When we’re born we count our age in days,
That quickly changes to weeks and then months
which lasts for a while, even after a year.
But then, it is only years we measure our time by.
Imagine if three decades in someone proclaimed
to be three hundred and sixty months old.
At a certain point we can only perceive the
passage of time in the largest possible increments.
The minute by minute details, lost to our past.
Then, once a year, after we put the matzah away
we slow it back down to weeks – to savor the
passing moments, to establish a yearning for
what we will be given. All of us, standing at the mountain
as if our flesh was on that soil. As if we spent
forty days looking up, as if we were prepared for
the sweetness about to land on our tongues.
It is at this point our memory kicks in, of
miracles we saw through other people’s eyes.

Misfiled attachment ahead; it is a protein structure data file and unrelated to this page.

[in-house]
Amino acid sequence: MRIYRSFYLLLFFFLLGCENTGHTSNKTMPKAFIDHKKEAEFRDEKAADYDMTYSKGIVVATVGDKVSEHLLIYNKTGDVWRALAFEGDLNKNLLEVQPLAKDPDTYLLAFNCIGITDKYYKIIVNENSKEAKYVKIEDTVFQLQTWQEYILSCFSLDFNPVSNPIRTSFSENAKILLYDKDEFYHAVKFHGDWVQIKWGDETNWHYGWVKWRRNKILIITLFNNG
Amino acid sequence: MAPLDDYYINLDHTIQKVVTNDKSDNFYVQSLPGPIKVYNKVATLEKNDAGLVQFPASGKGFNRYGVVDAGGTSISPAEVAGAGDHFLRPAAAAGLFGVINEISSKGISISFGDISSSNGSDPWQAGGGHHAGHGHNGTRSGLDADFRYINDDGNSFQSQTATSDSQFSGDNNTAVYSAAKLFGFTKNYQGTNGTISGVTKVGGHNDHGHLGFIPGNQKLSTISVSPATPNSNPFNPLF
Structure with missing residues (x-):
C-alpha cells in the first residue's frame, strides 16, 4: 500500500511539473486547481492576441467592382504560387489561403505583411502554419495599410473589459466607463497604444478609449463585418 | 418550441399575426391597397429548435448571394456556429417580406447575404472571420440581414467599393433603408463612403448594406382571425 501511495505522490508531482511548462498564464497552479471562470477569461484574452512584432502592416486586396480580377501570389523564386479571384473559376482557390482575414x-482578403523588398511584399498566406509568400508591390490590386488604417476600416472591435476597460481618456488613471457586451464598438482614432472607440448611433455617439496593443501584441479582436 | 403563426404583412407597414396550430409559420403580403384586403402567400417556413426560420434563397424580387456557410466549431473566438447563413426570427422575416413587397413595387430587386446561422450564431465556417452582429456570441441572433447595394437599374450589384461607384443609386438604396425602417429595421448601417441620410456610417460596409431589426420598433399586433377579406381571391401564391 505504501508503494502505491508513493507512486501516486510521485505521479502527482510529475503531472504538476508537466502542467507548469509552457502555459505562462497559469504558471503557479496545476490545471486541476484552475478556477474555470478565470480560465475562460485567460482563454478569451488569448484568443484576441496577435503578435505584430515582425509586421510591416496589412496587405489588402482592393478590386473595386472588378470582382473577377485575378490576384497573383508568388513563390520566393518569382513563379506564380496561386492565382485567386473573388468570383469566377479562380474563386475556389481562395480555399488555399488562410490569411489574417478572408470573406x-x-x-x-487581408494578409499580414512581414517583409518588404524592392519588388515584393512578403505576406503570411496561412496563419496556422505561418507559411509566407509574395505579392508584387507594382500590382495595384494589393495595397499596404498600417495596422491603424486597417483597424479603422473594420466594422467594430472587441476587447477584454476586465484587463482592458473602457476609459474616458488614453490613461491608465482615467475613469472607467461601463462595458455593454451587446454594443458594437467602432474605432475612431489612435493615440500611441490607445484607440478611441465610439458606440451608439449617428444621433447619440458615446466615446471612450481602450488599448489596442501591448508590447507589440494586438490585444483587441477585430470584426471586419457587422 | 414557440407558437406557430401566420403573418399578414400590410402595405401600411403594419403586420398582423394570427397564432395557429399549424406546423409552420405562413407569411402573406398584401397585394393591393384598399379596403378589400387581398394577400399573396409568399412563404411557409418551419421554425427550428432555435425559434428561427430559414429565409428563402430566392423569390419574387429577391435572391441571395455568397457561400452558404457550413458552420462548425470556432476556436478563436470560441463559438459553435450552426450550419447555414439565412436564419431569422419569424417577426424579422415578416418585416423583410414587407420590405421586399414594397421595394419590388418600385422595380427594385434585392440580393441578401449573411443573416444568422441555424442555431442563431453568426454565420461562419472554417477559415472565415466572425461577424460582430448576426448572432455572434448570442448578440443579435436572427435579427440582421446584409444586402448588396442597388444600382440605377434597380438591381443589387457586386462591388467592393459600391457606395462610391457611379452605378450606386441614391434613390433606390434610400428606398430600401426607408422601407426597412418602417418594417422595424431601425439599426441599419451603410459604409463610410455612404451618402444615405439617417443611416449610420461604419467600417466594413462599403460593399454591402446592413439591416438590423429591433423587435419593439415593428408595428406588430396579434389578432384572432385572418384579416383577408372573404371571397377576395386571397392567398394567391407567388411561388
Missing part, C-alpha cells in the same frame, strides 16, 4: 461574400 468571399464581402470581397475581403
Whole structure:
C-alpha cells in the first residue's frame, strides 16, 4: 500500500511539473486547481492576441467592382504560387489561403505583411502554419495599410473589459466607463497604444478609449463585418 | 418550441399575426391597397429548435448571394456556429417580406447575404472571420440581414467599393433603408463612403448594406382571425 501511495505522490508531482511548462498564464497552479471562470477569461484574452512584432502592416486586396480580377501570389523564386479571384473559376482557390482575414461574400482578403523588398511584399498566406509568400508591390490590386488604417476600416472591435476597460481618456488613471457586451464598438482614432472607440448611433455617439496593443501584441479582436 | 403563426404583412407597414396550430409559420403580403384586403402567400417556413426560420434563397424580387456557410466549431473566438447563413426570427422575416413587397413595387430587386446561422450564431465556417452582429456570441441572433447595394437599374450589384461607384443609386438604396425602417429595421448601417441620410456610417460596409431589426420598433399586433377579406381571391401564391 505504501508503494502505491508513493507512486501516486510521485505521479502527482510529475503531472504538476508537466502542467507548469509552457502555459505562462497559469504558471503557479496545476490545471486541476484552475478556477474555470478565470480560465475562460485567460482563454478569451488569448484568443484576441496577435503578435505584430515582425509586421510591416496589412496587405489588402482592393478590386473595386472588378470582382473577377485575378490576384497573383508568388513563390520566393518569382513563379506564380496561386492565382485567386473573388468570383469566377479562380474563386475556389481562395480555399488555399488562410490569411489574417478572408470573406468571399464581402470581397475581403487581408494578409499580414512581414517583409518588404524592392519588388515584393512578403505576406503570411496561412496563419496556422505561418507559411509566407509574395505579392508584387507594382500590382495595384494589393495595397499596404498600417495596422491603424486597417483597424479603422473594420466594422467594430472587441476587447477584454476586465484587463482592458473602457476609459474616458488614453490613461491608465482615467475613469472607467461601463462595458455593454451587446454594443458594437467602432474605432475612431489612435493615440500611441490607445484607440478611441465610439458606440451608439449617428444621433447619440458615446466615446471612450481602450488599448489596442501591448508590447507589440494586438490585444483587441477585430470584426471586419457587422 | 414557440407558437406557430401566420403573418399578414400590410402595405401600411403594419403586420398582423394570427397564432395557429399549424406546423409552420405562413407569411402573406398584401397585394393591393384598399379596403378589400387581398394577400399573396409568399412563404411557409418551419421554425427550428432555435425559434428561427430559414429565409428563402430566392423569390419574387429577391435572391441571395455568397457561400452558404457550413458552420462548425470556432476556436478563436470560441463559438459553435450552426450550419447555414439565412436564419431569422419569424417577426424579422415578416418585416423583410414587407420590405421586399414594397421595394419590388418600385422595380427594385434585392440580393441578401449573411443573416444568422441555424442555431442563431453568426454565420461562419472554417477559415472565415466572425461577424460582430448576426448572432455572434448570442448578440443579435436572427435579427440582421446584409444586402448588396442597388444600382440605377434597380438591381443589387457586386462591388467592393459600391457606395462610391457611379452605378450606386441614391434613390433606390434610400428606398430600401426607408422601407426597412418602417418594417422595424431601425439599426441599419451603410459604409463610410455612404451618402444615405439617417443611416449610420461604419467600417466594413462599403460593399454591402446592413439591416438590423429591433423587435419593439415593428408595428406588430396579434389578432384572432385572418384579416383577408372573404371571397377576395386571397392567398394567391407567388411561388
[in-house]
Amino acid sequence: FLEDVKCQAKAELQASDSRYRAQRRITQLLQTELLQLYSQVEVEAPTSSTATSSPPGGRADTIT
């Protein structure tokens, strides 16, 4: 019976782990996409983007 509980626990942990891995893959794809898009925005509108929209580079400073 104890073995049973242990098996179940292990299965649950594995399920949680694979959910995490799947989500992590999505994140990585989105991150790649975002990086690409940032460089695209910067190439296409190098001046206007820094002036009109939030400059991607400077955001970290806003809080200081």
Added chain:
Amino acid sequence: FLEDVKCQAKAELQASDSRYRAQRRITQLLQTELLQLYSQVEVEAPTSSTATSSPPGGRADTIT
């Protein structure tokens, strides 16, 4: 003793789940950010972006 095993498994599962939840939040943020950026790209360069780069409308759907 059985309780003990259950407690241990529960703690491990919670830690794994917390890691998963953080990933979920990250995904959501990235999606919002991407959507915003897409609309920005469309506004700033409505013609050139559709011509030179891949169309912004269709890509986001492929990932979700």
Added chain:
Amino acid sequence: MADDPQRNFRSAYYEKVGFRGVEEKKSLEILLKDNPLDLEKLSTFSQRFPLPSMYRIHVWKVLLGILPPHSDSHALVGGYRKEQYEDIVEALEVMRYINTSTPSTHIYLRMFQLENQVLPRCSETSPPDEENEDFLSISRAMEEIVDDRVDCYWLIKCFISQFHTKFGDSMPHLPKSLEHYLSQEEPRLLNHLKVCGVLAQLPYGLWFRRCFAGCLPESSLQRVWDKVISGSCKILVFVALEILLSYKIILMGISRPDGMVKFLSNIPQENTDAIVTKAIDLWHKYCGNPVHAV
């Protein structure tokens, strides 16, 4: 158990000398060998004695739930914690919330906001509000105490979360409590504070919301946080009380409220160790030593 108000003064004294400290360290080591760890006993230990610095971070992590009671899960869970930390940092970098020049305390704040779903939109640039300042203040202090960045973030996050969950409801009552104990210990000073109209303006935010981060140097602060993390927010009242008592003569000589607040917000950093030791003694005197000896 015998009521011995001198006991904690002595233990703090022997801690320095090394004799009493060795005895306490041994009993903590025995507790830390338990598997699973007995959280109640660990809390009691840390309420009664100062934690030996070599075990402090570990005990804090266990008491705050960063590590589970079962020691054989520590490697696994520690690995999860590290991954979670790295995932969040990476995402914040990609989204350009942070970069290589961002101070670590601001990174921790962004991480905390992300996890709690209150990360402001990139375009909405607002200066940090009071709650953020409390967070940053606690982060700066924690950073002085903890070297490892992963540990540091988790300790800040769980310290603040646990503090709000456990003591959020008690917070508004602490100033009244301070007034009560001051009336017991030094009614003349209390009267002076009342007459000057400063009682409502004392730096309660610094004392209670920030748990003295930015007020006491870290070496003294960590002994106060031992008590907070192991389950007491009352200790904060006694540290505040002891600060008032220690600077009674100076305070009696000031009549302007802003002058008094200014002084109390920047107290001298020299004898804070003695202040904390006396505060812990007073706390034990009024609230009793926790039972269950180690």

This book of our past which we read to
guide our future, which we struggle with
to understand the why and how of history.
This Jewish textbook for our lifelong master class.
We are the people of the book, and this is the book.
We received it thousands and thousands of weeks ago.
Before we understood how to separate milk from meat.
Before Ruth went where she went.
Before we even knew what a blintz was.
We’ll do this again in an appropriate number of weeks.
I wouldn’t plan on getting any sleep tonight.
There’s too much to know.